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The Geneva Conventions of 12 August 1949: From the 1949 Diplomatic Conference to the Dawn of the New Millennium

Francois Bugnion
International Affairs (Royal Institute of International Affairs 1944-)
Vol. 76, No. 1 (Jan., 2000), pp. 41-50
Published by: Wiley on behalf of the Royal Institute of International Affairs
Stable URL: http://www.jstor.org/stable/2626195
Page Count: 10
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The Geneva Conventions of 12 August 1949: From the 1949 Diplomatic Conference to the Dawn of the New Millennium
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Abstract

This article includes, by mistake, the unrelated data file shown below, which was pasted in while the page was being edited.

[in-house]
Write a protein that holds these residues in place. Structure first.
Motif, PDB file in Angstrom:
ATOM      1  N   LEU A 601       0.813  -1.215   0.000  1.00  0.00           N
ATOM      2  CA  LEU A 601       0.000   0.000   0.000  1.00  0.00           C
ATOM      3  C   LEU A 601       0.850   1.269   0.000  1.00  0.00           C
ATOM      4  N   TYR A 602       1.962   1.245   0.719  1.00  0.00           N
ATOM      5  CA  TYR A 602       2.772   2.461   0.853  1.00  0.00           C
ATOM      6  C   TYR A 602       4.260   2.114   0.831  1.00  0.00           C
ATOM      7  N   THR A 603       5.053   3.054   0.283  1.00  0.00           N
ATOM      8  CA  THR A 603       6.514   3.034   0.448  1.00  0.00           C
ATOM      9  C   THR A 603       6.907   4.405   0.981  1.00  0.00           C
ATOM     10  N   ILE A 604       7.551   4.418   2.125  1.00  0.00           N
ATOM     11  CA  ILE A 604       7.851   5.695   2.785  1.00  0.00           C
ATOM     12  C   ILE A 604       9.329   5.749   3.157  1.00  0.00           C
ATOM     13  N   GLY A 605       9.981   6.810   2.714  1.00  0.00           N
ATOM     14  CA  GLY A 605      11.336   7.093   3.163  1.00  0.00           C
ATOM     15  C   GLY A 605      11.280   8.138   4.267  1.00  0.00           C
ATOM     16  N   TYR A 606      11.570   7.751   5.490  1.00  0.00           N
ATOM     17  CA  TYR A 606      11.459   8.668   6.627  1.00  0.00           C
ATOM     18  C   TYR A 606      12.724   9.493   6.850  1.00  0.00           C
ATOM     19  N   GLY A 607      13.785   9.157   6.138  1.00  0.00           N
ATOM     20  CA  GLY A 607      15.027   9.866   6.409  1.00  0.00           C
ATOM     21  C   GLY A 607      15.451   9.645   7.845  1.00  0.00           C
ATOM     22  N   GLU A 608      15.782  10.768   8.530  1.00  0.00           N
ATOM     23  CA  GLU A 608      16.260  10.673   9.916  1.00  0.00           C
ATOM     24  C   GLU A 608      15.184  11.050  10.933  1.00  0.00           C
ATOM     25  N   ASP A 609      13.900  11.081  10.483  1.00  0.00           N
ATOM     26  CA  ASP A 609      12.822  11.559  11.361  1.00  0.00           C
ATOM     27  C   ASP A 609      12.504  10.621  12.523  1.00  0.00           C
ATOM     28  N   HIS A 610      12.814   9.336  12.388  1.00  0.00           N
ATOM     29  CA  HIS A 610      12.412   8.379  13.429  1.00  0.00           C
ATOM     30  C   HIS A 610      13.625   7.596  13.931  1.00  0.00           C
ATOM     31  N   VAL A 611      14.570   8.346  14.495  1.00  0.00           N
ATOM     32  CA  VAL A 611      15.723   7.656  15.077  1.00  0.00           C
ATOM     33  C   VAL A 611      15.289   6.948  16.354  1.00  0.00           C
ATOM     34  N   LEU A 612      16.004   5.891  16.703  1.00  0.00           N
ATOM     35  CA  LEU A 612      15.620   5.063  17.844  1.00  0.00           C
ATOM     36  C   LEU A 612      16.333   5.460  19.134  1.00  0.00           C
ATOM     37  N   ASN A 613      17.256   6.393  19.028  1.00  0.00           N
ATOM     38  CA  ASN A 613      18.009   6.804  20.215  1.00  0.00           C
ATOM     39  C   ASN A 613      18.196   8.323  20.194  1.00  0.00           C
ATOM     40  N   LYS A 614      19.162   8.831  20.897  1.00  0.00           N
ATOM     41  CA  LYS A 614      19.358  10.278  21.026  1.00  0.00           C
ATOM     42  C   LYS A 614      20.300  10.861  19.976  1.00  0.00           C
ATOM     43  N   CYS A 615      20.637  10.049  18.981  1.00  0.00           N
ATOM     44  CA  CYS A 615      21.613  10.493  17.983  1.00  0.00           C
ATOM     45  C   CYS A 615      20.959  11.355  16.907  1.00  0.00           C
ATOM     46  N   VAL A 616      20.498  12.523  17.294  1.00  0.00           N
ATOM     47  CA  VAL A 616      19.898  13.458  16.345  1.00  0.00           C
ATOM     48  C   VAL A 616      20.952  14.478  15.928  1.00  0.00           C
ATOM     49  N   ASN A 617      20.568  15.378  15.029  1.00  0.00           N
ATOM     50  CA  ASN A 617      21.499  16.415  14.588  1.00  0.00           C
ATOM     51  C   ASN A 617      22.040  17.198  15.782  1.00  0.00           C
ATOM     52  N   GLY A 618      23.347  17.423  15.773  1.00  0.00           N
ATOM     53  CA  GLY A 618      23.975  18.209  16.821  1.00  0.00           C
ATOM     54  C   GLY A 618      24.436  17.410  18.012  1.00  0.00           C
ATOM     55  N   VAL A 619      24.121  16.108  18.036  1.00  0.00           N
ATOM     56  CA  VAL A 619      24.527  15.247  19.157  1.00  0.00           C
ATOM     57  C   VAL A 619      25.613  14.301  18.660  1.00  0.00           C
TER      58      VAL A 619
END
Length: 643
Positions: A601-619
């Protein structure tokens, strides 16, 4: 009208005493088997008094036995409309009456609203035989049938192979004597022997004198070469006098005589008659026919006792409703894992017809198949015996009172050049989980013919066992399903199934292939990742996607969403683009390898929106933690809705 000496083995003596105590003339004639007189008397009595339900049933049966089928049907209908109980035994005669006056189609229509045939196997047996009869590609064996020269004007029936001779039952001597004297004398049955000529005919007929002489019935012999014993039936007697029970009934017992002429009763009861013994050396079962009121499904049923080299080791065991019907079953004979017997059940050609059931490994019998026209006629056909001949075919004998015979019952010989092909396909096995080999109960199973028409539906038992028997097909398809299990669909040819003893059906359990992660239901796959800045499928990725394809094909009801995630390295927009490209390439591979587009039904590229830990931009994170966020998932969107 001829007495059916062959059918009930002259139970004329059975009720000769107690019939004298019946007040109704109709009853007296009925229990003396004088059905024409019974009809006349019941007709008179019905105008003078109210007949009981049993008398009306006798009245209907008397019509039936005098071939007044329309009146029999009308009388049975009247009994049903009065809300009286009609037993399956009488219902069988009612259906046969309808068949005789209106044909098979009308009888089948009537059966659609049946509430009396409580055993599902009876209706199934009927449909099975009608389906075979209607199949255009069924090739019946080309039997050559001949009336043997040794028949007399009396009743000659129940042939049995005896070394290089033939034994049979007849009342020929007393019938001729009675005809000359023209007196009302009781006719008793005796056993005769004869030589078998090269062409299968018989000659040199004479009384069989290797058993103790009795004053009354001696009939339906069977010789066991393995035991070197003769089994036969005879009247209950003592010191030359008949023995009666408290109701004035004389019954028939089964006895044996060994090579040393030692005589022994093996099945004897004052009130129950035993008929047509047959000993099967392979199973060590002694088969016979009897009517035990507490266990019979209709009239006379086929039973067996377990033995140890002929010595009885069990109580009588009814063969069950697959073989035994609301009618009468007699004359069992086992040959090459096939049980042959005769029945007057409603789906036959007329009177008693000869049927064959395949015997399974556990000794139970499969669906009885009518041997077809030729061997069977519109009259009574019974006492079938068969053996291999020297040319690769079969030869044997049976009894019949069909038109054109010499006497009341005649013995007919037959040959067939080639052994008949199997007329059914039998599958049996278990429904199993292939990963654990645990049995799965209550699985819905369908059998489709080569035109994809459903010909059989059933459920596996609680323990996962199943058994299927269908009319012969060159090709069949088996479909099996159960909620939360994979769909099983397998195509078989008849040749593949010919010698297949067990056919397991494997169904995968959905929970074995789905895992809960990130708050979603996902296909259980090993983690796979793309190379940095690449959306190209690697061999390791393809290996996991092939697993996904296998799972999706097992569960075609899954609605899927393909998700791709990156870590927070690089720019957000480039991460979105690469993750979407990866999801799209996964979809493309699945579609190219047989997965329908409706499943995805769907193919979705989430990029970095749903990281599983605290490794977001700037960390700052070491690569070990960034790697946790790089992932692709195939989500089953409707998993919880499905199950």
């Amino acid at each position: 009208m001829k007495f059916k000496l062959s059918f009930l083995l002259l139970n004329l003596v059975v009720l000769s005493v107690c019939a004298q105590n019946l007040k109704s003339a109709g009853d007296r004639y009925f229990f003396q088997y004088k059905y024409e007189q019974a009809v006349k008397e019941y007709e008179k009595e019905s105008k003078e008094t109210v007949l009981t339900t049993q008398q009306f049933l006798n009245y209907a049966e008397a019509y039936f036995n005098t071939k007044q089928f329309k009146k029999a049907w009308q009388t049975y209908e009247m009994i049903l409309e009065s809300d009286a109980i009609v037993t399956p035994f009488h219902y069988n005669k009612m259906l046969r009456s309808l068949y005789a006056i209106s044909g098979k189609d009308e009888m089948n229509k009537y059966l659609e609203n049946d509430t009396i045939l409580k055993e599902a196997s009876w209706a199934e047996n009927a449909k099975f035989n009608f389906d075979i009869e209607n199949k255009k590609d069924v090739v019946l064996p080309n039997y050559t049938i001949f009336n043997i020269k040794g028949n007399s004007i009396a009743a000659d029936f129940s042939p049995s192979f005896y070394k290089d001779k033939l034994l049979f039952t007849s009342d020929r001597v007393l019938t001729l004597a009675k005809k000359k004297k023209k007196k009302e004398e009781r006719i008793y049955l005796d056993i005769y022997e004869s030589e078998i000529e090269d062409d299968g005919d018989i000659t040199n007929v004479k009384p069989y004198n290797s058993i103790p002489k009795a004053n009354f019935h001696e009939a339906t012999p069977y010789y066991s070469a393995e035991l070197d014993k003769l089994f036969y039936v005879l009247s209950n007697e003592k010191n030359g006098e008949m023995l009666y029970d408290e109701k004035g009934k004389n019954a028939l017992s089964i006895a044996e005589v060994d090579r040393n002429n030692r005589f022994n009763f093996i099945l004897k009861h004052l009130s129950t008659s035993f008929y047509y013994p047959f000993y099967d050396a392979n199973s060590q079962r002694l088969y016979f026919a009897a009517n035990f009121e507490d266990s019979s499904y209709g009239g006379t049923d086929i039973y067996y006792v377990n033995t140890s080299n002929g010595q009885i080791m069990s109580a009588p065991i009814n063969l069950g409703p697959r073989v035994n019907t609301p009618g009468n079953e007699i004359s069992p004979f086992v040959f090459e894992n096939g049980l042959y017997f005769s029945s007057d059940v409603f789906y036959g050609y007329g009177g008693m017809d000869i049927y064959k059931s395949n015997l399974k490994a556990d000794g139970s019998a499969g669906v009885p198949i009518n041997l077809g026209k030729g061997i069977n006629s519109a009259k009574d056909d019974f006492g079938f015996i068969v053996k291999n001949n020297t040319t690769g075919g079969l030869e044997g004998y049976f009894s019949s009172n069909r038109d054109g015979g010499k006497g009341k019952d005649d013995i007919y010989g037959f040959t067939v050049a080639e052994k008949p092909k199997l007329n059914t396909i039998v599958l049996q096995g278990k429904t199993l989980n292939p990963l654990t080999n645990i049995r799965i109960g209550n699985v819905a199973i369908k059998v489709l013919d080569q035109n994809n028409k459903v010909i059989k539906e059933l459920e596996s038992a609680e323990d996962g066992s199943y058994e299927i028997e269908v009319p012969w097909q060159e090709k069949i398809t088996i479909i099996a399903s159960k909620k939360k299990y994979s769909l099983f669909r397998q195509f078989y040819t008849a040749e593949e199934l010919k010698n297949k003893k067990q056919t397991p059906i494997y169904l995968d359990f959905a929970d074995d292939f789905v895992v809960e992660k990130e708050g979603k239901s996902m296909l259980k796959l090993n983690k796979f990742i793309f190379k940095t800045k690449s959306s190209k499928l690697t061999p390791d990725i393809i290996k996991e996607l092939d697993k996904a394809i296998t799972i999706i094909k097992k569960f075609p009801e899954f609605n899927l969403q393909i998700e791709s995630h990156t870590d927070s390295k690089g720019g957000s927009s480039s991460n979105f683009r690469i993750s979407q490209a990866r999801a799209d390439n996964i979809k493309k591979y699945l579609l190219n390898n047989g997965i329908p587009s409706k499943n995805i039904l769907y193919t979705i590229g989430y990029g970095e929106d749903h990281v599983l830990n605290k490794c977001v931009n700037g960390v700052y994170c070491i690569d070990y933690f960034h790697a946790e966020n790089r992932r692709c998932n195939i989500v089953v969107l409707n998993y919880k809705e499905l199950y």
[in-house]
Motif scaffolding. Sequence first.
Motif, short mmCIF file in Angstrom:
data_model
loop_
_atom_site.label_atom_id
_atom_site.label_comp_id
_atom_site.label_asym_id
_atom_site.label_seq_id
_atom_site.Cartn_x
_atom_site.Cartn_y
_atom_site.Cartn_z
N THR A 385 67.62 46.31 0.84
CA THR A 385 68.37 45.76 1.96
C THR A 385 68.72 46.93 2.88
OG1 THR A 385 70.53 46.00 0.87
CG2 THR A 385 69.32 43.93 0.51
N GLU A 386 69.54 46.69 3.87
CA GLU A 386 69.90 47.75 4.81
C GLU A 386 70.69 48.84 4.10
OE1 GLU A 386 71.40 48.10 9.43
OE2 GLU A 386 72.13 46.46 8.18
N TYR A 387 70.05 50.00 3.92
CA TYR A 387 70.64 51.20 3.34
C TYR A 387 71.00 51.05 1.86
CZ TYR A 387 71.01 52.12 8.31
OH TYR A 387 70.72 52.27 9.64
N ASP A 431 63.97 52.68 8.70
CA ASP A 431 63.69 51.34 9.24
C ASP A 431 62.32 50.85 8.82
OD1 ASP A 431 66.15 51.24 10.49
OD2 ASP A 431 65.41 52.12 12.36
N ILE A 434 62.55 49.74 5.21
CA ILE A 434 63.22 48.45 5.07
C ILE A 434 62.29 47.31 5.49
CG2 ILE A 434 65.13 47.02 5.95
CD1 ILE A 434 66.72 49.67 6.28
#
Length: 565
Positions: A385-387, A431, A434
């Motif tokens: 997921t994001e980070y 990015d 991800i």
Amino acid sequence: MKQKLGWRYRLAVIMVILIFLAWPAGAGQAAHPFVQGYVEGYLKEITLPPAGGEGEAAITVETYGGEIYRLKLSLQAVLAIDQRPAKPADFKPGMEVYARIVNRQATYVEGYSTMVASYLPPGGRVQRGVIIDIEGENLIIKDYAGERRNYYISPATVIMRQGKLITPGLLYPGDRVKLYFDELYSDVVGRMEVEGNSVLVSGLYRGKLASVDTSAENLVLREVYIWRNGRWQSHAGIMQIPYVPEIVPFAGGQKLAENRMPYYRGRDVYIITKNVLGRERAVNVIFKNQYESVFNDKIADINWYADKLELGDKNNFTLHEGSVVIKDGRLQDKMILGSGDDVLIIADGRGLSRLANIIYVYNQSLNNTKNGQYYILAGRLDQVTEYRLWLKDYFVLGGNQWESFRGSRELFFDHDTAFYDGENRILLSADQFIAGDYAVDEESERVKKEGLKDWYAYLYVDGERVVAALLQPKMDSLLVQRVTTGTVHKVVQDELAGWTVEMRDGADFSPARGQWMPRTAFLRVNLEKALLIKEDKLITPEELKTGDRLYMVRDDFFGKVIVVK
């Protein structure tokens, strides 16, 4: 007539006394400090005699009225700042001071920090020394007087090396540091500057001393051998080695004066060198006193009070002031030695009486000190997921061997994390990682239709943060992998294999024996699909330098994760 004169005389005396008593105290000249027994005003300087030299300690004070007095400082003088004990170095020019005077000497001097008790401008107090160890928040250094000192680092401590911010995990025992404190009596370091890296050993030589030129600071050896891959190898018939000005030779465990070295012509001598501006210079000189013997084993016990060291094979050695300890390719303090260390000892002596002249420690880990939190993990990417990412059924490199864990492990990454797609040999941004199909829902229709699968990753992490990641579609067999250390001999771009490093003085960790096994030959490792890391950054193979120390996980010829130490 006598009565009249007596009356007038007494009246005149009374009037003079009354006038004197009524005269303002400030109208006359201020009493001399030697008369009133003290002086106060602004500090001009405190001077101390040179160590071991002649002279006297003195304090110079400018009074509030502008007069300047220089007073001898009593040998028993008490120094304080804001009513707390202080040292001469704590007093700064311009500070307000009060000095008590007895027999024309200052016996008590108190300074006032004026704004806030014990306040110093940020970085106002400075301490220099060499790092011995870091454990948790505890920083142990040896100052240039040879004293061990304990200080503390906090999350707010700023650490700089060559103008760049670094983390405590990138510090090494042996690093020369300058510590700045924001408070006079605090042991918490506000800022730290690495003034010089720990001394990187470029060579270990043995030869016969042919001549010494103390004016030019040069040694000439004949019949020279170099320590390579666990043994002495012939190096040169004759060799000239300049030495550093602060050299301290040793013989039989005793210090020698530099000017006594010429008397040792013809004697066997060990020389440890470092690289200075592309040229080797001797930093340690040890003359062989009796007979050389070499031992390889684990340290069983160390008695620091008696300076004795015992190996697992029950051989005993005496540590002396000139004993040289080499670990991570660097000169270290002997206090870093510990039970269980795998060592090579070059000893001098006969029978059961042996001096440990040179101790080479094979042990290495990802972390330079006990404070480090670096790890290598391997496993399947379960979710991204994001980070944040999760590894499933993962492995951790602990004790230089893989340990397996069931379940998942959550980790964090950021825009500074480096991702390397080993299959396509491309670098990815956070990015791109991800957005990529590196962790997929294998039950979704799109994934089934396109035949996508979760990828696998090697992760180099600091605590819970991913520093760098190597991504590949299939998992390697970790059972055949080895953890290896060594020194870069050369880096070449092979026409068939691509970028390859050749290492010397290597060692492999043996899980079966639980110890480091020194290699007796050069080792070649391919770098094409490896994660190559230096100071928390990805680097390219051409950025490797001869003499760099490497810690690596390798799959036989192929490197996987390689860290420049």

In 1949 the Swiss government convened a diplomatic conference to update international humanitarian law in the light of the tragic experiences of the Second World War. Although the proceedings were largely dominated by the fear that the coup in Prague, the blockade of Berlin and the Chinese civil war would lead to a third world war, the conference succeeded in adopting the four Geneva Conventions that are still in force today. This was a major breakthrough from a humanitarian point of view as well as a significant political success. However, in the 50 years that followed, the new Conventions were applied to circumstances that differed widely from those that their framers had in mind. Since the threat of nuclear annihilation prevented any direct and open confrontation between the superpowers, their rivalry led instead to a proliferation of internal conflicts along the fault-lines of the Cold War. What then was the significance of the new Geneva Conventions? What are the prospects for the future of international humanitarian law? These are some of the questions that deserve our attention as the twentieth century-scarred as it was by so many wars-gives way to the twenty-first.

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